Form: A small tree with a dense ovoid or columnar crown reaching up to 60 feet tall.
Across the Nation, climatic shifts occur challenging all to enable eco sustainable urban suburban landscapes. As a result, pumpkin “Hijinks Hybrid” is identified as a ‘Plants of CARE’ for its ability to flourish in multiple climate zones while providing vibrant edible characteristics which inspire people to become people who CARE – have a perspective of conservation, accountability, recovery and eco-efficiency.”
Pumpkin “Hijinks Hybrid” –
Pumpkin “Hijinks Hybrid” developed by Sakata® Seed America Inc. is one of the 2011 All-America Selections vegetable winners. It produces fruit ranging in size from six to seven pounds with a uniform size and shape. Tested in gardens nation-wide, the Hijinks was observed to deliver high yields and have notable resistance to powdery mildew. This early-maturing pumpkin variety is said to be ripe in about 100 days when planted from seeds and 85 days when transplanted. In addition to its excellent fruity taste and texture characteristics, the Hijinks has a smooth skin including grooves, which makes it ideal for fall decorations.
Specific to plant installation, in my central Virginia garden, I’ve found pumpkin “Hijinks Hybrid” to require full-sun, sprawl up to 15’, require installation 85 to 100 days prior to harvest in late September and/or October; and because of its smaller size, have kid appeal. This plant, introduced to my garden by seed distributor/developer Sakata® Seed America Inc. easily connects garden to table or personalized gifts from a kitchen, inspiring people to connect with ‘living green’ that surrounds them.
Selected as a ‘plants of care’ choice, pumpkin “Hijinks Hybrid” is an excellent plant which through its ability to flourish has attract nation-wide gardeners and through its sustainability is recognized to inspire people to become people who CARE – have a perspective of conservation, advocacy, recovery and eco-efficiency. To acquire seeds google search pumpkin “Hijinks Hybrid” or visit the web site of Sakata® Seed America Inc.
Side-bar: Pumpkin/Squash Bread Recipe*
Note: The most difficult thing about making pumpkin/squash bread is deciding which recipe to use. The following is a recipe used for generations by the Hoehns/Compton families.
Harvest pumpkin “Hijinks Hybrid” at 85 to 100 day maturity, wash and then, scoop out fruit. Thinly dice and/or grate fruit for required recipe 2 cups. Remainder can be frozen for future use.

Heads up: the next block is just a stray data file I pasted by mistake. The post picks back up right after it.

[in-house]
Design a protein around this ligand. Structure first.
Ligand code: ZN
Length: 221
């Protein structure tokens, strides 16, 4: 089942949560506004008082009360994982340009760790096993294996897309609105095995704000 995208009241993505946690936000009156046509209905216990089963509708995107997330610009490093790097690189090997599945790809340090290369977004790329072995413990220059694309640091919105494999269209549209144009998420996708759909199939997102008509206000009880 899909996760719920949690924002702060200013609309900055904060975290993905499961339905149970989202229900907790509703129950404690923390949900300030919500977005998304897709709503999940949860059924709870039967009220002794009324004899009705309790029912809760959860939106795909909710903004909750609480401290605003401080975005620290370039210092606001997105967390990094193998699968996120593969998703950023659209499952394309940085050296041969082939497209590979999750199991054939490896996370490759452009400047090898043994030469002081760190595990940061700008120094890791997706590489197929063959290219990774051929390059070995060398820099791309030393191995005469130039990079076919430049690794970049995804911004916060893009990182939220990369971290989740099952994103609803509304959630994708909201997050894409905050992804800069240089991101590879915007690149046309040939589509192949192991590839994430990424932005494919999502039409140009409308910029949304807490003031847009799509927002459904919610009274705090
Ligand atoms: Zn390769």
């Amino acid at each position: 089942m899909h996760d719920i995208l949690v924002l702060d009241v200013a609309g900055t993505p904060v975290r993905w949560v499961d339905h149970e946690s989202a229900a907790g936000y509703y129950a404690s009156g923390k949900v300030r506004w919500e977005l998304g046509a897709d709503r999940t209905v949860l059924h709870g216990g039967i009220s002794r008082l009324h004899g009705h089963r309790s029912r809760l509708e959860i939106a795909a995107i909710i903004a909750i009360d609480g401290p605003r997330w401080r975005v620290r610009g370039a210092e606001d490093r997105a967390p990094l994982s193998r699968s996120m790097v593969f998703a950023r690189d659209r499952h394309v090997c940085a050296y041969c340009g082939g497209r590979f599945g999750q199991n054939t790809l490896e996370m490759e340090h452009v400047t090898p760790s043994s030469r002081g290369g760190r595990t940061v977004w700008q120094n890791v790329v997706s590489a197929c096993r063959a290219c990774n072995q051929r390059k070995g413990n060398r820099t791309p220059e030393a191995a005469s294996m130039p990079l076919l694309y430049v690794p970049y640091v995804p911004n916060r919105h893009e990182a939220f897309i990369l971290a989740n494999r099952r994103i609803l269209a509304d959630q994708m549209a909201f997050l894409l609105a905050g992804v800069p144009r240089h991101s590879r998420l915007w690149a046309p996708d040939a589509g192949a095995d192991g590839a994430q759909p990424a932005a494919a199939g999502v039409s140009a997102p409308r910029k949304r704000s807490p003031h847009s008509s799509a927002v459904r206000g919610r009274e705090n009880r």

In mixing bowl, stir together 3 eggs, 1 cup oil, 2 cups sugar, 2 cups grated/diced pumpkin, 1 tsp. vanilla. In separate bowl, sift together 3 cups flour, 1 tsp. salt, 1 tsp. soda, ¼ tsp. baking powder, 3 tsp. cinnamon.
Stir into first bowl sift ingredients and if desired, add ½ cup chopped nuts. Pour mixture into two loaf pans. If desired, you can sprinkle a little brown sugar on top of loaves. Bake at 325 degree for 1 hour. Remove from oven and let cool for approximately 5 minutes; then, remove from pans. If desired, baked bread can be frozen and used as gifts for the holiday seasons.
*Warning, most people who receive this bread as a gift for holidays such as Halloween and/or Thanksgiving ask for refills; so, you may want to double your recipe!
I like to dig in the dirt. As the descendent of a long line of gardeners, I recall childhood experiences of helping my parents and grandparents with their garden. In fact, a space was designated specifically for me. For, in my family, it was acceptable for a child to have soiled clothes and dirty hands – to dig in the dirt!
Later, when I married and started to garden at my new home, believe it or not, many childhood plants were transferred. Then, as space expand, I solicited roots, clippings and newly separated perennials from friends, family or acquaintances. Still, although these activities definitely illustrate the influence of a gardener’s gene, I did not have benefit of formal training. So, after identifying educational opportunities, I first attend a ‘master gardener’ program offered by Henrico County; and later, more formal opportunities.